An Exception to the Rule
In a scene that is replayed daily in message boards, someone makes a generalization about a group, but when evidence to the contrary is presented, it is brushed aside with the phrase, “That’s just an exception to the rule.” Is that a legitimate argument - or any argument at all?
Of course not. A bona fide exception to a rule is simply a more specific case among generalities. But when an absolute claim is made, such exceptions in fact prove the rule to be false. An example of a legitimate exception is the old spelling adage, “I before E except after C”. Even with that exception, the rule still doesn’t always apply. So it is just a generality, a way to remember the spelling in the majority of situations. Its value is in making the list of spellings to memorize smaller.
But a more disturbing use of this phrase is when people hold a certain view of a group to which they themselves do not belong. It is typically used by racial bigots for example. But no specific factors are cited to make exceptions to the rule legitimate. In other words, if the rule were true, one would have to explain the cause for the exceptions. But no matter how they try, racial bigots cannot explain why some - in fact most - of the people in the group they hold to be inferior do not experience or exhibit the limitations devised for them.
I say all this to once again look at an issue which is becoming critical in Christian circles: misogyny. It is becoming fashionable to view all women as inferior to all men, to the point where even female university professors have to ask their husbands what they’re allowed to do or say or wear! Women are thus seen as perpetual children, as incapable of adult thought and reason. And just like racial or any other bigotry, it is promoted in spite of all the “exceptions” that prove the “rule” false.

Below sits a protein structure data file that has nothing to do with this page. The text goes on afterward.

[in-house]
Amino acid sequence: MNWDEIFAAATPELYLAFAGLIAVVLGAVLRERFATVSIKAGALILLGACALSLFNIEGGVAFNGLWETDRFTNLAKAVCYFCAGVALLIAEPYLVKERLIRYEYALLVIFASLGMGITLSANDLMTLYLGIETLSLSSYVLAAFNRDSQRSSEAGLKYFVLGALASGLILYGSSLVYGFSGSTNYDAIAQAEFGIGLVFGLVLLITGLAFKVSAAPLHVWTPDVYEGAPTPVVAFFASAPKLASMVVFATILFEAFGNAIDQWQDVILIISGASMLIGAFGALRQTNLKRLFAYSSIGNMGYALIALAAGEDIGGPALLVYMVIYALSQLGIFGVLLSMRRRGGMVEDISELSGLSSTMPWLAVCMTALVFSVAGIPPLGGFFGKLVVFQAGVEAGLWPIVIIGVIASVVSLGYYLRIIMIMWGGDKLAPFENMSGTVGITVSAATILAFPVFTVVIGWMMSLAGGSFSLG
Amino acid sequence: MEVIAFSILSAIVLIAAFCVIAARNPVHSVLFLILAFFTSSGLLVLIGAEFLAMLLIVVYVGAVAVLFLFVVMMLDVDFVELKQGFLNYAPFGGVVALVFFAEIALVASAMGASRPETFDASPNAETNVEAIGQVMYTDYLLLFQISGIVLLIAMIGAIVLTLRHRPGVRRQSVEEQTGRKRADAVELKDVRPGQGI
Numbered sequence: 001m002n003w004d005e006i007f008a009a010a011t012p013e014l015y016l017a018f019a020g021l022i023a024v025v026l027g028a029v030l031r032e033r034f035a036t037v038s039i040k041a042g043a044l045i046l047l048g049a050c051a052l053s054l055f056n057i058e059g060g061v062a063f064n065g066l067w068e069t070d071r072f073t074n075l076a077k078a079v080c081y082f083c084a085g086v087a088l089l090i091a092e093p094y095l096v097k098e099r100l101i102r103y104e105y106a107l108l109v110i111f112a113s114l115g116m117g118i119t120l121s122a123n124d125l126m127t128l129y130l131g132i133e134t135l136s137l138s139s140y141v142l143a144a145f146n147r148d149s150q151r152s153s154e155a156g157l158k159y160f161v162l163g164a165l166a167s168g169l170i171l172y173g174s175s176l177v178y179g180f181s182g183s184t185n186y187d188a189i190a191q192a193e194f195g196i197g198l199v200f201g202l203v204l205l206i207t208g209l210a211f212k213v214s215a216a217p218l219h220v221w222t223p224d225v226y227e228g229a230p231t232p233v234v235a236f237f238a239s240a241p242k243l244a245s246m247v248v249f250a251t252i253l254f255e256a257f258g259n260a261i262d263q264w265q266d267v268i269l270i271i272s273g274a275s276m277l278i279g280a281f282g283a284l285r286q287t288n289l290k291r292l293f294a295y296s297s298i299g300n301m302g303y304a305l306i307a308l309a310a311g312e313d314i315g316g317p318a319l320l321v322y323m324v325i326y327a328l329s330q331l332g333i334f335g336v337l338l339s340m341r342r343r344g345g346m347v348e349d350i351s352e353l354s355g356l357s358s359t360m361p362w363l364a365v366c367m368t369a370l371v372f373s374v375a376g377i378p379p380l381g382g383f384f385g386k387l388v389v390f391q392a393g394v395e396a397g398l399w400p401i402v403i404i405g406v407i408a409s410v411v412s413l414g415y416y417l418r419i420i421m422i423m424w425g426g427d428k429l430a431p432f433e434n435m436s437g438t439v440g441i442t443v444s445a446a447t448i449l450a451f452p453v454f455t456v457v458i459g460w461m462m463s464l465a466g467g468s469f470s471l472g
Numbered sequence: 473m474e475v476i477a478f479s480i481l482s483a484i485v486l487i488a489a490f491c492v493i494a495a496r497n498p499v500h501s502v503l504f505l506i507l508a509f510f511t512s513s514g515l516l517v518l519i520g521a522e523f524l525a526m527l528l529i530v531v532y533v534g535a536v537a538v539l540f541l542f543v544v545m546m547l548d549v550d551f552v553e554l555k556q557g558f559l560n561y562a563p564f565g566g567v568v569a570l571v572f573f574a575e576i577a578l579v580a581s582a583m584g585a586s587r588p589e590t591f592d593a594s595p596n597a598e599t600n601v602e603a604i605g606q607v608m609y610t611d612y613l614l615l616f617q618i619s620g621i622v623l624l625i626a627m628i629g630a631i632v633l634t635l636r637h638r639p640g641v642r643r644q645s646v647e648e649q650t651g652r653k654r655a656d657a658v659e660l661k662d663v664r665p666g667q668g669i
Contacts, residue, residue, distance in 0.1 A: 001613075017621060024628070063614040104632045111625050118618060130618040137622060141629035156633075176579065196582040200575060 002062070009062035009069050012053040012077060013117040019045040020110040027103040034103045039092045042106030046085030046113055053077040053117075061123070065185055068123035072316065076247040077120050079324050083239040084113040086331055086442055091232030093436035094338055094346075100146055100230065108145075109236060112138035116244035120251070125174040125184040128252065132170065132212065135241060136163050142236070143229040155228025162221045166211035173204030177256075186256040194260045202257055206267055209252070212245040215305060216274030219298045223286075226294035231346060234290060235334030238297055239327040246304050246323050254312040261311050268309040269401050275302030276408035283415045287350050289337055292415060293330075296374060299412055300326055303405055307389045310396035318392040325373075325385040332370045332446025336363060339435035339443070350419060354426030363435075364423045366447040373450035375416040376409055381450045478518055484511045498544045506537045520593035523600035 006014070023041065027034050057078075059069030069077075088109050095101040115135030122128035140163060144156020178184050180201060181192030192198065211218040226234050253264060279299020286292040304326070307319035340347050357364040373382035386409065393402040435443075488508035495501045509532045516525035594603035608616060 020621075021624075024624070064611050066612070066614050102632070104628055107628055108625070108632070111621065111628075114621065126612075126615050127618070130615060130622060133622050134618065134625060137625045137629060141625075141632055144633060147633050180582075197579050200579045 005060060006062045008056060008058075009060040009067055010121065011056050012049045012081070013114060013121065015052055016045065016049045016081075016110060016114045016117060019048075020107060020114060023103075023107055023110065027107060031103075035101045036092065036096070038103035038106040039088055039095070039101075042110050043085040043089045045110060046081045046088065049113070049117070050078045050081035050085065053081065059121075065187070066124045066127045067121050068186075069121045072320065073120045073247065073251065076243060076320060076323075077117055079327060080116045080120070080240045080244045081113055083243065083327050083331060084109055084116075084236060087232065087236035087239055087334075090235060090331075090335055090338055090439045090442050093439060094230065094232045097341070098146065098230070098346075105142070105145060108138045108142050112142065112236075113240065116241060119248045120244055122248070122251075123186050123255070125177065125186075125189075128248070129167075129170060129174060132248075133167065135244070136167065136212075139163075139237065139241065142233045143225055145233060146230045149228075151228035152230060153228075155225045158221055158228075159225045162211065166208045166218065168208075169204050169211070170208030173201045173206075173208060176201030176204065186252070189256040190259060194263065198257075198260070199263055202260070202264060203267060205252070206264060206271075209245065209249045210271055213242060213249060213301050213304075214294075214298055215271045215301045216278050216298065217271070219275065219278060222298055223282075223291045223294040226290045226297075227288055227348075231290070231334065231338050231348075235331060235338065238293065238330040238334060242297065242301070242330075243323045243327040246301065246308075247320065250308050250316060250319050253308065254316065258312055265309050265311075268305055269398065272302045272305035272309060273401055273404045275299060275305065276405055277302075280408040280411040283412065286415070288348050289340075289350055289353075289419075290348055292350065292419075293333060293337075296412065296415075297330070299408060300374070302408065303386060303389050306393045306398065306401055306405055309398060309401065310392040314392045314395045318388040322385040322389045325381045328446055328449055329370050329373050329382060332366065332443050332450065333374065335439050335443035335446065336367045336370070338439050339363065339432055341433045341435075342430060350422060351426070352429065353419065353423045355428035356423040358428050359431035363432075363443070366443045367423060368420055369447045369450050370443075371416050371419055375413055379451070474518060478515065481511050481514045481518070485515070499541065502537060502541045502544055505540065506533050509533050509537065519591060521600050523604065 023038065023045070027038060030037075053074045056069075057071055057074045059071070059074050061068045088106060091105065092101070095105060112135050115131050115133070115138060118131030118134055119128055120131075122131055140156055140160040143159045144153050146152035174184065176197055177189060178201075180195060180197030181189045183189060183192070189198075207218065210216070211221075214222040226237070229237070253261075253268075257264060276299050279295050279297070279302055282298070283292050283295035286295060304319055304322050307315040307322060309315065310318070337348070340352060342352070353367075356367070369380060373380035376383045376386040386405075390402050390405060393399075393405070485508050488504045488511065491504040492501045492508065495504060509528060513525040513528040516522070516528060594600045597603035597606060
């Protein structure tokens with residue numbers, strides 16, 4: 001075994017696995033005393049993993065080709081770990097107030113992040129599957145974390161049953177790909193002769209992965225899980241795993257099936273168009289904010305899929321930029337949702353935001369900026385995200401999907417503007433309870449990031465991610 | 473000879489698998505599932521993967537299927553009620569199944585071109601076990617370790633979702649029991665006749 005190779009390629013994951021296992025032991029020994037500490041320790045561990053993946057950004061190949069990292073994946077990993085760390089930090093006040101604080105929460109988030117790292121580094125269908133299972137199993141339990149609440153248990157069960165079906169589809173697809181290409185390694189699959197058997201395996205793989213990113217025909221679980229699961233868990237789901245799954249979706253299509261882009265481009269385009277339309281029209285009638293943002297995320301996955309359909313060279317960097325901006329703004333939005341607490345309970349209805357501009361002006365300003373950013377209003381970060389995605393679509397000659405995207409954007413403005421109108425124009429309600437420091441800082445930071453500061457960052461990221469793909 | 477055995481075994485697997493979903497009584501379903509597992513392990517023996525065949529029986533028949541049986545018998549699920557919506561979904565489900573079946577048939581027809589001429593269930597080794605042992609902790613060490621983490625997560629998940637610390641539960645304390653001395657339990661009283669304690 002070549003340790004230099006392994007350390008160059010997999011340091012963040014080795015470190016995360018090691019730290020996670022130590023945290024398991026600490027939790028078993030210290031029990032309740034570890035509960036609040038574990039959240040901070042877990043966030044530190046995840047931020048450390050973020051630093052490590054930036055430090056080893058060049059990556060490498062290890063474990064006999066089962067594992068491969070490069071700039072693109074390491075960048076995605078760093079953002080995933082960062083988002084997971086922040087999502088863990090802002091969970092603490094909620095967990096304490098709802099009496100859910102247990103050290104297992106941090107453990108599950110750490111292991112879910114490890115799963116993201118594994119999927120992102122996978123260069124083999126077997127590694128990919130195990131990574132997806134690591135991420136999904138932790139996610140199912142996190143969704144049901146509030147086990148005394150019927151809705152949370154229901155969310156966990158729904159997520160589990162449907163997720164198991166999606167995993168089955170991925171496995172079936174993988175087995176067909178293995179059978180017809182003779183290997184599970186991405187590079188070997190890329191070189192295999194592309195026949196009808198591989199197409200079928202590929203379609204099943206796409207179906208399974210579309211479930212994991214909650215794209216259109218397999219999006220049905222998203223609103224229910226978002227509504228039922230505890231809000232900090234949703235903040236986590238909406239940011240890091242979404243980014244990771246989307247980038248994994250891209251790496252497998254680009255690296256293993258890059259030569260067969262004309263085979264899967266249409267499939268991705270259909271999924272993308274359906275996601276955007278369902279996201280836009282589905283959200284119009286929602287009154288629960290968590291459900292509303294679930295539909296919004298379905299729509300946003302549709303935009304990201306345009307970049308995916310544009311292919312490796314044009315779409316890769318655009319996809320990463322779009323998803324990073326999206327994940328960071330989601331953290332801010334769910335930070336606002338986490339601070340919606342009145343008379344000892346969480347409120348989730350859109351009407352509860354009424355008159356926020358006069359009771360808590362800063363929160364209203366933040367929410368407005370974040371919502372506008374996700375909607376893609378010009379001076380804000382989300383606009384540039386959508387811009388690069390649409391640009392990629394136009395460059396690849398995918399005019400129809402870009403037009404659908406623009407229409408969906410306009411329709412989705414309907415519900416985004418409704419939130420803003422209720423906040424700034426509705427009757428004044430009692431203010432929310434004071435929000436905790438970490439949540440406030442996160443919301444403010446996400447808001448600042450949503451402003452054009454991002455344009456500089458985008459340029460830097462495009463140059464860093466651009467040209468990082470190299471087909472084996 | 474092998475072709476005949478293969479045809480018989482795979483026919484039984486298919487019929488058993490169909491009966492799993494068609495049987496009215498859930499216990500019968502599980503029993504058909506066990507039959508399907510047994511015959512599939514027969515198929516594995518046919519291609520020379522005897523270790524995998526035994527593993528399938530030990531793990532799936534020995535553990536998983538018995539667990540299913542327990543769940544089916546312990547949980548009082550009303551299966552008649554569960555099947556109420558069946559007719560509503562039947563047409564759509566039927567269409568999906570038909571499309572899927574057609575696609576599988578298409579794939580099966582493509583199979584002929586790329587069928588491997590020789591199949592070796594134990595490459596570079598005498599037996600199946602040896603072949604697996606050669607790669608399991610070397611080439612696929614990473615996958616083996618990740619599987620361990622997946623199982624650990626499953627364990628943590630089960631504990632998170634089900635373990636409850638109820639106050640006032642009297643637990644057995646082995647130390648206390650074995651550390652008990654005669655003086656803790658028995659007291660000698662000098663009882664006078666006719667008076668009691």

And if this could somehow all be excused by some religious principle, that women are only inferior spiritually, then why the childish treatment? Why insult women’s intelligence, honor, and contributions to humanity, if this is only a spiritual matter? The very same “reasoning” formerly used by the churches to keep black people in second place are still being used against women - even long after society finally acknowledged the equality of all people.
I’ve said it before, and will continue to say it till it sinks in: women are fully human, fully grown up, and fully equal to men in God’s sight. To say otherwise is to call God a liar when He says He is “no respecter of persons” or that “man looks out the outside, but God looks on the heart”. Any Christian man who even wants to be superior to another adult Christian has a pride problem. Jesus said we must not “lord it over” others, but there is no way to obey Him while holding down half His people and telling the Holy Spirit that He can’t possibly choose women for anything important or “authoritative”.
The reason there are women who have leadership qualities in the churches is not because there are a few “exceptions” (the excuse always given for Old Testament examples like Deborah) or because God sometimes has to settle for second-best, or even because it’s deemed to be “evil” to put women in spiritual leadership over men (!), but because the “rule” is a big fat lie.
God has proven his approval of women, even before Jesus came, and never called any incidences of it an “exception” or second choice. God will in fact require an account from anyone who has ever harbored this sin of pride over other believers, and from any women who have hidden behind this non-rule as a means to escape responsibility.
The main push for all this misogyny is coming from a group called The Council for Biblical Manhood and Womanhood (CBMW). I think those letters really stand for Conceited Bossy Men on a Witch-hunt. They give the impression that it’s women, not money, that is the root of all evil, and men are here to keep those evil children in line. God will judge!
Ye be warned!
P.S.: “I happen to like nice men.” -- Princess Leia, StarWars Ep. V